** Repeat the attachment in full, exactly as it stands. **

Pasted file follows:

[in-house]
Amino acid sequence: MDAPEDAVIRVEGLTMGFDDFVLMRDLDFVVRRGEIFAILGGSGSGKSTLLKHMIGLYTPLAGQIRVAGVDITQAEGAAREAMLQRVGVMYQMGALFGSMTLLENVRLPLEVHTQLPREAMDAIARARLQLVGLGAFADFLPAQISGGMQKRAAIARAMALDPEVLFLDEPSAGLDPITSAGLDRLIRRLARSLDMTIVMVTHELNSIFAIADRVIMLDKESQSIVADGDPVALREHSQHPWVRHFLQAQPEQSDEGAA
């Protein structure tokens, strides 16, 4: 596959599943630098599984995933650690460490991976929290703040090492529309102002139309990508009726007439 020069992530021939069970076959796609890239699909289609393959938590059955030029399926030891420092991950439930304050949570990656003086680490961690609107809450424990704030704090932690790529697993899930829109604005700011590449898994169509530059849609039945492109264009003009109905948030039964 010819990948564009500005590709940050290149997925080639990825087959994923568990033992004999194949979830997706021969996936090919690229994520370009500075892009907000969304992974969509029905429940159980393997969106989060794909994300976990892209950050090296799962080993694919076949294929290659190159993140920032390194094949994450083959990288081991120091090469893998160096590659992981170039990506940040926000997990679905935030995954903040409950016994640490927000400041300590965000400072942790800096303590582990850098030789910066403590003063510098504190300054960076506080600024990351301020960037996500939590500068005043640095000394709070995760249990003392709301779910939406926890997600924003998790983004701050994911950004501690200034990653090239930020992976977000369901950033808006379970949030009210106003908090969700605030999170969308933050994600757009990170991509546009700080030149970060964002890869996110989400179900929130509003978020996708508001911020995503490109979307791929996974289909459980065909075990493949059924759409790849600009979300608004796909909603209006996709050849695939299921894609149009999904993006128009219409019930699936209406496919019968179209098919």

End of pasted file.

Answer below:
[in-house]
Amino acid sequence: MDAPEDAVIRVEGLTMGFDDFVLMRDLDFVVRRGEIFAILGGSGSGKSTLLKHMIGLYTPLAGQIRVAGVDITQAEGAAREAMLQRVGVMYQMGALFGSMTLLENVRLPLEVHTQLPREAMDAIARARLQLVGLGAFADFLPAQISGGMQKRAAIARAMALDPEVLFLDEPSAGLDPITSAGLDRLIRRLARSLDMTIVMVTHELNSIFAIADRVIMLDKESQSIVADGDPVALREHSQHPWVRHFLQAQPEQSDEGAA
């Protein structure tokens, strides 16, 4: 596959599943630098599984995933650690460490991976929290703040090492529309102002139309990508009726007439 020069992530021939069970076959796609890239699909289609393959938590059955030029399926030891420092991950439930304050949570990656003086680490961690609107809450424990704030704090932690790529697993899930829109604005700011590449898994169509530059849609039945492109264009003009109905948030039964 010819990948564009500005590709940050290149997925080639990825087959994923568990033992004999194949979830997706021969996936090919690229994520370009500075892009907000969304992974969509029905429940159980393997969106989060794909994300976990892209950050090296799962080993694919076949294929290659190159993140920032390194094949994450083959990288081991120091090469893998160096590659992981170039990506940040926000997990679905935030995954903040409950016994640490927000400041300590965000400072942790800096303590582990850098030789910066403590003063510098504190300054960076506080600024990351301020960037996500939590500068005043640095000394709070995760249990003392709301779910939406926890997600924003998790983004701050994911950004501690200034990653090239930020992976977000369901950033808006379970949030009210106003908090969700605030999170969308933050994600757009990170991509546009700080030149970060964002890869996110989400179900929130509003978020996708508001911020995503490109979307791929996974289909459980065909075990493949059924759409790849600009979300608004796909909603209006996709050849695939299921894609149009999904993006128009219409019930699936209406496919019968179209098919």